- Kingdom: Fungi
- Division: Basidiomycota
- Class: Agaricomycetes
- Order: Russulales
- Family: Russulaceae
- Genus: Russula
- Species: R. emetica
The sickener, emetic russula, or vomiting russula.
Fruiting Body General Description (General Characteristics)
Russula emetica is characterized by having a red cap (pileus) in which the cuticle peels 1/3-3/4 of cap radius, a pure white stem (stipe), and a very acrid or peppery hot taste. Normal size is 5-15cm. Gills are adnexed to free. Whitish spore print. [1&2]
Cap is convex to shield the stem. Cap is red or redish in color. Cap is 3-10cm across. It later flattens or has a shallow depression. 
Stipe is 40-90 x 7-20mm, white, cylindrical, fragile. 
Spores are white to cream or yellowish. 
Flesh has a distinct or odd smell. It can be granular or brittle, slimy or sticky.
Commonly confused with Lactarius indigo, the stem of both genera typically breaks very cleanly like a piece of chalk. Lactarius exude a milky latex substance when cut into their gills and Russula do not. Russula can be easily identified by the "drop-kick" method in which the mushroom should shatter into a million pieces if properly kicked.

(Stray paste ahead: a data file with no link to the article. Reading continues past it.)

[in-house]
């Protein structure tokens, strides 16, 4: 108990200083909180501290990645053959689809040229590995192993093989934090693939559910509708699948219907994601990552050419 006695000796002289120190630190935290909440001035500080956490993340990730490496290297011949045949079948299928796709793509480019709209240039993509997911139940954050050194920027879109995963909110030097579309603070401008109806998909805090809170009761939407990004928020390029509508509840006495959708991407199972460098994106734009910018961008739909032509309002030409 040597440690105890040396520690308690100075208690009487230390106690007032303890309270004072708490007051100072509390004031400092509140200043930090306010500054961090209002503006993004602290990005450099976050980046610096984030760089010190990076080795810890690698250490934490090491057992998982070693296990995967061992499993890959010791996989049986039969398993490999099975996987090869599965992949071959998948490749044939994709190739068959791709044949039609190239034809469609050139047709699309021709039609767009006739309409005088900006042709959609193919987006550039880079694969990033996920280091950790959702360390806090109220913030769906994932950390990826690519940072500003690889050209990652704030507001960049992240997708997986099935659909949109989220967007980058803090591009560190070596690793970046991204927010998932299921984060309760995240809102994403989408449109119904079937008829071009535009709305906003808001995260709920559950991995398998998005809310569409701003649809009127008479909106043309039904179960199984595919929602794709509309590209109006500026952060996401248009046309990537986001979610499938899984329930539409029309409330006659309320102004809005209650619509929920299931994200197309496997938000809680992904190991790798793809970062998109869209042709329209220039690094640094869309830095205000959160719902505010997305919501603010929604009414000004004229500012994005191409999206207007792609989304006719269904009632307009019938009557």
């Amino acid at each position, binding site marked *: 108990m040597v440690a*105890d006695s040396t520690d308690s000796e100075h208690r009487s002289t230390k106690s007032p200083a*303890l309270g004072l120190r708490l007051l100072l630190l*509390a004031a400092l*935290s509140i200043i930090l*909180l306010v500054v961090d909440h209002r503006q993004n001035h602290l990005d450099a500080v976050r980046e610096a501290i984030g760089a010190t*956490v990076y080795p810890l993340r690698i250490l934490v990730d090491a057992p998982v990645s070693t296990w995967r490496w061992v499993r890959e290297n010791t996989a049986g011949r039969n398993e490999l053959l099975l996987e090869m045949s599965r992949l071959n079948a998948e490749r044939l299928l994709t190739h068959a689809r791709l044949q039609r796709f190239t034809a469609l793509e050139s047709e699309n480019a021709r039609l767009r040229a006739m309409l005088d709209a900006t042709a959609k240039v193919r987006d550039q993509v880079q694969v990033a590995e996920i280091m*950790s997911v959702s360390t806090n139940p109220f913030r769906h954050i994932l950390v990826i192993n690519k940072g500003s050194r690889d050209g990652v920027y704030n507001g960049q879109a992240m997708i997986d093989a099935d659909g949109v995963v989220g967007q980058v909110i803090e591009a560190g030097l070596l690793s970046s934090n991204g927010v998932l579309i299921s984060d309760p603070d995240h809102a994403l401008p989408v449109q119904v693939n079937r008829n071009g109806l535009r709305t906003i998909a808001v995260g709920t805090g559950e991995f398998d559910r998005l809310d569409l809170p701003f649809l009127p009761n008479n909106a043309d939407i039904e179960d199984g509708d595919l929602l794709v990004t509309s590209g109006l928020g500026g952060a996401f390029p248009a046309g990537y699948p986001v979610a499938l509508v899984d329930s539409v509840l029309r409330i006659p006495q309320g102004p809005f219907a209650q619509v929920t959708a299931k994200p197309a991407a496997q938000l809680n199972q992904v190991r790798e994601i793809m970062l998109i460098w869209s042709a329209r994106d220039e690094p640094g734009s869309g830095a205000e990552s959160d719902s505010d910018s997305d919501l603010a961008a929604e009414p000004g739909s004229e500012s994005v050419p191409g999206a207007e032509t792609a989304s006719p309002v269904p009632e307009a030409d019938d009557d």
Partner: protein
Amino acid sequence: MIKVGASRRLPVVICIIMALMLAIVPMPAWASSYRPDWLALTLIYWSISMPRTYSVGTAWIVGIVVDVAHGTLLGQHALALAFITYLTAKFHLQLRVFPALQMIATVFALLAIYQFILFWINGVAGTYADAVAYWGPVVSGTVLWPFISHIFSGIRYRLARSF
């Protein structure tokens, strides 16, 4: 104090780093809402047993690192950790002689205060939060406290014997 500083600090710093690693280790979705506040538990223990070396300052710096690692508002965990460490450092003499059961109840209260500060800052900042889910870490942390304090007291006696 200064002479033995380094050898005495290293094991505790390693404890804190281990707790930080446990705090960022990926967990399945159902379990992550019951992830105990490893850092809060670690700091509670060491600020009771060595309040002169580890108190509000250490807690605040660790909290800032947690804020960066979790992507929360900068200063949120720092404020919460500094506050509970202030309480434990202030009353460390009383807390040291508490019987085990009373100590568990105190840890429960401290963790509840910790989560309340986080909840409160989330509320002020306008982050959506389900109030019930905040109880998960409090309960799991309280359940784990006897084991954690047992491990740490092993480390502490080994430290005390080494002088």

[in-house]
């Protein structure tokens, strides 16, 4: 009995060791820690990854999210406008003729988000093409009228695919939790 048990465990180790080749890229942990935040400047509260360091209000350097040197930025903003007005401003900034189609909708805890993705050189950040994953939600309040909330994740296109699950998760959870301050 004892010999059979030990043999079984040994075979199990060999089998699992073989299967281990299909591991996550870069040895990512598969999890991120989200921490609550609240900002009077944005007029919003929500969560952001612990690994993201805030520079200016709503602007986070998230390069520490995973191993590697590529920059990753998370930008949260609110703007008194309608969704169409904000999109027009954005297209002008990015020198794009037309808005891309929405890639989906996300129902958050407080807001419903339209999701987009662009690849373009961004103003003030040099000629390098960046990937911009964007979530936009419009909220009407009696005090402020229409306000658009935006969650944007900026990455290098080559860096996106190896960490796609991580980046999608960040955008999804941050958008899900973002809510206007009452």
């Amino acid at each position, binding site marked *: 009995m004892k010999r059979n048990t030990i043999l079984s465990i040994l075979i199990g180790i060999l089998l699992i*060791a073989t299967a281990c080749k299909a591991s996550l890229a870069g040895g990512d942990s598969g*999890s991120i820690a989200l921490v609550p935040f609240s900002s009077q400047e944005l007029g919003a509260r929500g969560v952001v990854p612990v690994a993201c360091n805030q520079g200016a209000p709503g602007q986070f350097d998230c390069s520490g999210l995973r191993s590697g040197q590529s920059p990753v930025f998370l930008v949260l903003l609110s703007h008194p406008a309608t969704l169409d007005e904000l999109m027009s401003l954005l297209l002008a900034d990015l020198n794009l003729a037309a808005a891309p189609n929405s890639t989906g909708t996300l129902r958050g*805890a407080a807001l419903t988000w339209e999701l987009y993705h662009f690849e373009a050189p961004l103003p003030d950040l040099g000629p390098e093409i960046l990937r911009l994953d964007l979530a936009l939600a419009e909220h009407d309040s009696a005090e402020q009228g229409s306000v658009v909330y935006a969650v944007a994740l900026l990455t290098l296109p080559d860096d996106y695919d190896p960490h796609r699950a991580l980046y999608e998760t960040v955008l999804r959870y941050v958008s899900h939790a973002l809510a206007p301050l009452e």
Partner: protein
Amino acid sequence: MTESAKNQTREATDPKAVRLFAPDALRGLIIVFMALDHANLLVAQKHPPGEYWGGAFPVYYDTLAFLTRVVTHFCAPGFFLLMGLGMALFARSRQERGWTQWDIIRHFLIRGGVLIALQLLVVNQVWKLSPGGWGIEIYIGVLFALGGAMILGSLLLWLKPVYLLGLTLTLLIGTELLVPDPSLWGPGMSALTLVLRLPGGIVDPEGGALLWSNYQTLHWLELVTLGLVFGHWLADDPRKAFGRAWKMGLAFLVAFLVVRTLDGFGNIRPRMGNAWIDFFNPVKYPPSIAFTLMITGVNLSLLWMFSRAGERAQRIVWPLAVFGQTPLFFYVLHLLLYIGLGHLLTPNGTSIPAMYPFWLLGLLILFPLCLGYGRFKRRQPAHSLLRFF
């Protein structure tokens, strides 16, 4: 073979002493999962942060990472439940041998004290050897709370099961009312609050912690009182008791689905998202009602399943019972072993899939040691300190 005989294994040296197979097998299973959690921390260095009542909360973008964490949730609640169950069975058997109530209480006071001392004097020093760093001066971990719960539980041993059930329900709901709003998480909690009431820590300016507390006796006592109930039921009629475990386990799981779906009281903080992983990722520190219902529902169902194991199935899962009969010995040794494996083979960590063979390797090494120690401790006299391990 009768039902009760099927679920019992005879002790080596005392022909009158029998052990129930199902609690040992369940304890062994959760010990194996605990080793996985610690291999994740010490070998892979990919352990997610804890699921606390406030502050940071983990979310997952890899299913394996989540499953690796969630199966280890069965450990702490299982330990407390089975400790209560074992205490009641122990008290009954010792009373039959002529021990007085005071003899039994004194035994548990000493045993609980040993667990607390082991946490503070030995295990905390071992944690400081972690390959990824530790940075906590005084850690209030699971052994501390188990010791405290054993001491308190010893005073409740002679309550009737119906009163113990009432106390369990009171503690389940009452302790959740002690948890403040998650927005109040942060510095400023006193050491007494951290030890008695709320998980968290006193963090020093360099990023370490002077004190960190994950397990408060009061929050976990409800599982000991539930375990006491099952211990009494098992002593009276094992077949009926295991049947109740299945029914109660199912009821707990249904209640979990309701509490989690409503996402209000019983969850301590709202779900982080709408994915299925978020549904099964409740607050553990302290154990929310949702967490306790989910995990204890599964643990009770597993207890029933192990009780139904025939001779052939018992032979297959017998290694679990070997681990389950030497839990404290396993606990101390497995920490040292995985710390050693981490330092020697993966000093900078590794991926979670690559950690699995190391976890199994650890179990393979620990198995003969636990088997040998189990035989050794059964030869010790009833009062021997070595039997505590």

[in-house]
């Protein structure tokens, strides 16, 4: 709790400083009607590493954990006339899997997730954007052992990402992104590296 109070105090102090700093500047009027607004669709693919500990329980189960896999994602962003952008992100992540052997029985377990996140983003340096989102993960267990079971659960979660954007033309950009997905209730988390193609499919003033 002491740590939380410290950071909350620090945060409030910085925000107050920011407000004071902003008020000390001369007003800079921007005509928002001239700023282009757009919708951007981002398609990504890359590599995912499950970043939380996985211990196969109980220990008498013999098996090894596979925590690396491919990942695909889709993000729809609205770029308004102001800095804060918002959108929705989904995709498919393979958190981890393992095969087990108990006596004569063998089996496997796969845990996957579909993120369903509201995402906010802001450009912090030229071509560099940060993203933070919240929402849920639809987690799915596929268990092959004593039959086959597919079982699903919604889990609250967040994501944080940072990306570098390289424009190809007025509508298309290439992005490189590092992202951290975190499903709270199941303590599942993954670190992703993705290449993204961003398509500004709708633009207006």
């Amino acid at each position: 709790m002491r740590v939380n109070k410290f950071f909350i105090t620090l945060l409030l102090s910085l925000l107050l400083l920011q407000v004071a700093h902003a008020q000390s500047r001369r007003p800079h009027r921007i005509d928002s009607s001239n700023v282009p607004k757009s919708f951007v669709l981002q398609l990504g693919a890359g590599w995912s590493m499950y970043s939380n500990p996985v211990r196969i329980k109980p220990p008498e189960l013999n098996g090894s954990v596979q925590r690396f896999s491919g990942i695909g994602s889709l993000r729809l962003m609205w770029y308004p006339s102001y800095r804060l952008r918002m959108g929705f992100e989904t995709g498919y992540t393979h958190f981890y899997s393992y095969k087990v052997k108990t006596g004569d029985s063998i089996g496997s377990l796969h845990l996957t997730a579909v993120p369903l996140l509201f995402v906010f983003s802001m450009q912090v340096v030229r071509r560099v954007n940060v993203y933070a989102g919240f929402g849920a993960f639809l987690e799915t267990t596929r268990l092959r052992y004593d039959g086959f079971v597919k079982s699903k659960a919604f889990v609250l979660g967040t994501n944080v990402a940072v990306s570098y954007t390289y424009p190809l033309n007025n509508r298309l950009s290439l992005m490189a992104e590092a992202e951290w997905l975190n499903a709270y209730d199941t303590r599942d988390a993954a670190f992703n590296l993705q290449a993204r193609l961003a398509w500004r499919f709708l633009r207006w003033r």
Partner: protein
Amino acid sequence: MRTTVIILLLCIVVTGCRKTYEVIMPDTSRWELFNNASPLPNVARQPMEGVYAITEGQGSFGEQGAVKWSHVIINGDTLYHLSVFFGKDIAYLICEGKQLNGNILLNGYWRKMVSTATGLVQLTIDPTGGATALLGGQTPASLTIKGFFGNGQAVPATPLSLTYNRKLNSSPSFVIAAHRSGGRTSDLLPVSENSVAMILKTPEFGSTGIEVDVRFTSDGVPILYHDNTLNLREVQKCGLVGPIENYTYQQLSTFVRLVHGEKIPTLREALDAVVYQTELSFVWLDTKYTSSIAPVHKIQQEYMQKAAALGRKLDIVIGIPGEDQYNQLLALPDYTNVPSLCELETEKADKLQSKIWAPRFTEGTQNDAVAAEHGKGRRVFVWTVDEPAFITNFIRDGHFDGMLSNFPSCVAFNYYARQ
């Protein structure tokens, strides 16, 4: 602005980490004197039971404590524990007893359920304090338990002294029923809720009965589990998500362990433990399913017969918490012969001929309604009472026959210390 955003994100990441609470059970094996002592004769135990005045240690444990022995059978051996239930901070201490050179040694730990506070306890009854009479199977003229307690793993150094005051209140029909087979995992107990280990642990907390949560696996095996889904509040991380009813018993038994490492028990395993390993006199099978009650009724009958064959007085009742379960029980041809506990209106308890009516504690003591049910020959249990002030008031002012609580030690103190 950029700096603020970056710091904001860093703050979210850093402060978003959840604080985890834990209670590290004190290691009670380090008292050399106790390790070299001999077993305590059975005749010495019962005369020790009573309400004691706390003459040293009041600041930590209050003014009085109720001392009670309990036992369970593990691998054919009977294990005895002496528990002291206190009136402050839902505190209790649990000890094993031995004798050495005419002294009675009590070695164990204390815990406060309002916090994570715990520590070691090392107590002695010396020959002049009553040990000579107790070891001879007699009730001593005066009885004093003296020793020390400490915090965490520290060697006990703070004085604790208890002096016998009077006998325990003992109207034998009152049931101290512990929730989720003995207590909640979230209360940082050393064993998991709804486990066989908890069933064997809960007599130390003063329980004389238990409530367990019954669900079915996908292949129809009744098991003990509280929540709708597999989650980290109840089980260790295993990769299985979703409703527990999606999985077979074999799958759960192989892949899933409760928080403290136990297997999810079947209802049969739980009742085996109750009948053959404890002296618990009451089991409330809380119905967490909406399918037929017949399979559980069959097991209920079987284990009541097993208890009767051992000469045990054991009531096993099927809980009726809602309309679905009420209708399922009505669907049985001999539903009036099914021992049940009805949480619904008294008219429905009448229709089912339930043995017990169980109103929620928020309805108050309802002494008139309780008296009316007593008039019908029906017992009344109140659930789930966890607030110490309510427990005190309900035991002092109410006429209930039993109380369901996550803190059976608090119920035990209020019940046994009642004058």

- Color and size of the cap (pileus): Red Cap and 3-10cm across
- Color of the stem, including any changes in color between the bottom of the stem and the top: White stem
- Exact color of the gills: White gills which are adnexed to free
- Exact color of the spore print (ranges from pure white to cream to tan to almost yellow): White spore print
- Whether or not the cap cuticle peels, and to what extent: The cap cuticle peels 1/3-3/4 of cap radius
- Taste (acrid,mild, or bitter): Acrid to peppery hot taste 
Collection Location on GGC’s Campus
Found in the woods behind the baseball fields at Georgia Gwinnett College in Lawrenceville, GA.
All Russula species are mycorrhizal, which means they have a mutualistic association with the roots of trees, especially members of the oak family (Fagaceae) and pine family (Pinaceae). It's a common occurrence that Russulas can be found when it's very dry, and there aren't many other mushrooms around. 
Summer to late autumn.
North Africa, Asia, Europe, and North America. 
Not Edible, poisonous.